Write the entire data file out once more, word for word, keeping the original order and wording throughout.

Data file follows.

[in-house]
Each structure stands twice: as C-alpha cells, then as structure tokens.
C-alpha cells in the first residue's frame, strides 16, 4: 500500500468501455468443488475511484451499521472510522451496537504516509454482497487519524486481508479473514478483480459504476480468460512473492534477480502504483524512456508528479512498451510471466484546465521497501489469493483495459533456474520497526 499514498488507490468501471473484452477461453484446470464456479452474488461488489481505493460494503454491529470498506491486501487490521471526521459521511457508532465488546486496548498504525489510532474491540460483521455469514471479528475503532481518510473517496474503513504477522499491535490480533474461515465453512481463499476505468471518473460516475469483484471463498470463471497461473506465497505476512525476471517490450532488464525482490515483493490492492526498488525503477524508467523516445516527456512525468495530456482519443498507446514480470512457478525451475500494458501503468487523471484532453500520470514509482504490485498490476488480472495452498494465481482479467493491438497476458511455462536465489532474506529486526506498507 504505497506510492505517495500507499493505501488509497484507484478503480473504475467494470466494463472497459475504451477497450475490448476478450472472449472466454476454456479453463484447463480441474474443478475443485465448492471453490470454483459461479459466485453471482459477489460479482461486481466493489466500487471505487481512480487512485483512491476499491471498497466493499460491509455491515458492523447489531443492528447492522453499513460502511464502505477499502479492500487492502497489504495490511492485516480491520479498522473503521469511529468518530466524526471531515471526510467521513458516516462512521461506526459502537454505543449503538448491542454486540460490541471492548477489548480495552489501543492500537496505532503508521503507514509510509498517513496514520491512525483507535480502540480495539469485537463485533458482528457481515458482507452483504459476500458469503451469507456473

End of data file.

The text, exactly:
[in-house]
Each structure stands twice: as C-alpha cells, then as structure tokens.
C-alpha cells in the first residue's frame, strides 16, 4: 500500500468501455468443488475511484451499521472510522451496537504516509454482497487519524486481508479473514478483480459504476480468460512473492534477480502504483524512456508528479512498451510471466484546465521497501489469493483495459533456474520497526 499514498488507490468501471473484452477461453484446470464456479452474488461488489481505493460494503454491529470498506491486501487490521471526521459521511457508532465488546486496548498504525489510532474491540460483521455469514471479528475503532481518510473517496474503513504477522499491535490480533474461515465453512481463499476505468471518473460516475469483484471463498470463471497461473506465497505476512525476471517490450532488464525482490515483493490492492526498488525503477524508467523516445516527456512525468495530456482519443498507446514480470512457478525451475500494458501503468487523471484532453500520470514509482504490485498490476488480472495452498494465481482479467493491438497476458511455462536465489532474506529486526506498507 504505497506510492505517495500507499493505501488509497484507484478503480473504475467494470466494463472497459475504451477497450475490448476478450472472449472466454476454456479453463484447463480441474474443478475443485465448492471453490470454483459461479459466485453471482459477489460479482461486481466493489466500487471505487481512480487512485483512491476499491471498497466493499460491509455491515458492523447489531443492528447492522453499513460502511464502505477499502479492500487492502497489504495490511492485516480491520479498522473503521469511529468518530466524526471531515471526510467521513458516516462512521461506526459502537454505543449503538448491542454486540460490541471492548477489548480495552489501543492500537496505532503508521503507514509510509498517513496514520491512525483507535480502540480495539469485537463485533458482528457481515458482507452483504459476500458469503451469507456473